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Sustainable marketing is not easy. There’s a lot to learn, and missteps can easily be made. Lucky for you, a lot of those mistakes have already been made. Now, they are here for you to learn from and gather intel on the best practices in marketing your company as a sustainable brand. 

For example, the backlash to Kourtney Kardashian Barker’s stepping into sustainable fashion with Boohoo (revisited in this season’s The Kardashians) provides a cheat sheet on the don’ts of green marketing. There was a litany of greenwashing red flags, like irrelevant claims, clickbait with zero proof, and red herring tactics to show sustainability with little action.

The background: Boohoo, a brand already under some fire for its business practices, partnered with Kardashian Barker on a line of so-called sustainable pieces launched at 2022 New York Fashion Week. Word of the new line set off a critical response supported by reports and data about poor labor and sustainability practices. Online critics of the brand partnership came with receipts and research.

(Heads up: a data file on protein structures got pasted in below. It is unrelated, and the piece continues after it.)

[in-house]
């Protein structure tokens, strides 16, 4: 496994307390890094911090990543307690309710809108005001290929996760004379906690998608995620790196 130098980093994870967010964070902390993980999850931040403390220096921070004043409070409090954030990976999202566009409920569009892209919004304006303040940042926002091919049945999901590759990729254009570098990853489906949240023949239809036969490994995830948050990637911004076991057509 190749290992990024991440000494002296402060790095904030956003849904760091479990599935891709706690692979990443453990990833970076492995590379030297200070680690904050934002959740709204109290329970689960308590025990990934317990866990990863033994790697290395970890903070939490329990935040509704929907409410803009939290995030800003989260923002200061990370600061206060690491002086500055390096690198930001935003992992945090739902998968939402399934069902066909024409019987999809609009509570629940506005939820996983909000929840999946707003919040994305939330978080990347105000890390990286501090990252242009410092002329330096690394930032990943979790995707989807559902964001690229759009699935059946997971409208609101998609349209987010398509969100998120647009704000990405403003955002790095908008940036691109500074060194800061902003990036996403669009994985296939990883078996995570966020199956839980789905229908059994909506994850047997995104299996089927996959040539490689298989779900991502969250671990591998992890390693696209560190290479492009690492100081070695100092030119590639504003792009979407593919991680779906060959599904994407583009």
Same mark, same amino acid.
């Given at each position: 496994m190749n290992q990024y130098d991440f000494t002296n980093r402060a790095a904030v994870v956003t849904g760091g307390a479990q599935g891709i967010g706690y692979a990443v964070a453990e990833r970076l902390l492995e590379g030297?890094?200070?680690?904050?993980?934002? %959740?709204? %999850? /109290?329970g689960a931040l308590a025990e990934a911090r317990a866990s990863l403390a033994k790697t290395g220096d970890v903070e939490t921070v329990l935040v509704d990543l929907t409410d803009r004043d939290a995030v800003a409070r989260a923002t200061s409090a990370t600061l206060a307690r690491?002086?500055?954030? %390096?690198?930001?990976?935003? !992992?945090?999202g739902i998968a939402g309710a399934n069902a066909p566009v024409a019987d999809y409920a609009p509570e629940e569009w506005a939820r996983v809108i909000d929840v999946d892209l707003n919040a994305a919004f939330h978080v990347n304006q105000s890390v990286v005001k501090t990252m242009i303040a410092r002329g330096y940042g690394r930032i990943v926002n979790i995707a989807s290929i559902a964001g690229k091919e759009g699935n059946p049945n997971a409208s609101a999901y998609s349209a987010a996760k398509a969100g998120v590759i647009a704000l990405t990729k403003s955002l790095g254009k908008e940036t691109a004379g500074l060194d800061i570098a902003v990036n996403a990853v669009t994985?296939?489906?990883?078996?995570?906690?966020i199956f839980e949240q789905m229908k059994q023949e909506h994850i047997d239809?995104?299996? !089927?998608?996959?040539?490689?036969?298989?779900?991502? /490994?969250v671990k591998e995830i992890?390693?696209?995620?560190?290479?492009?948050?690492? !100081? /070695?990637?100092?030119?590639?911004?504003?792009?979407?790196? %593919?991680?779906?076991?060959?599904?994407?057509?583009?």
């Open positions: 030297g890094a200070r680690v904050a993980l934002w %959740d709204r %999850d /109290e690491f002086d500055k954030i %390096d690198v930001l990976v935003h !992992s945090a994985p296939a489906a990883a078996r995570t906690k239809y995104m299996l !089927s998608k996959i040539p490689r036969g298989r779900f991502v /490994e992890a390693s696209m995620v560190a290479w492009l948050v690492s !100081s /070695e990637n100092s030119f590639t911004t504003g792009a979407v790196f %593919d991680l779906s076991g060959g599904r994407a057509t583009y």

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This included a 2021 report from an international NGO showing Boohoo had failed to sufficiently upgrade supply chain practices after investigations found extremely low worker pay. It was obvious Boohoo was missing a couple of critical components of the triple bottom line of sustainability—profit, people, and planet.

With that in mind, what are some learnings from the Boohoo social media blowup relevant to ecommerce and marketing, and how can you do better to follow best practices? 

In this article, I’ll provide six strategies and best practices in sustainable marketing to help you promote your business’s green efforts more effectively (and accurately).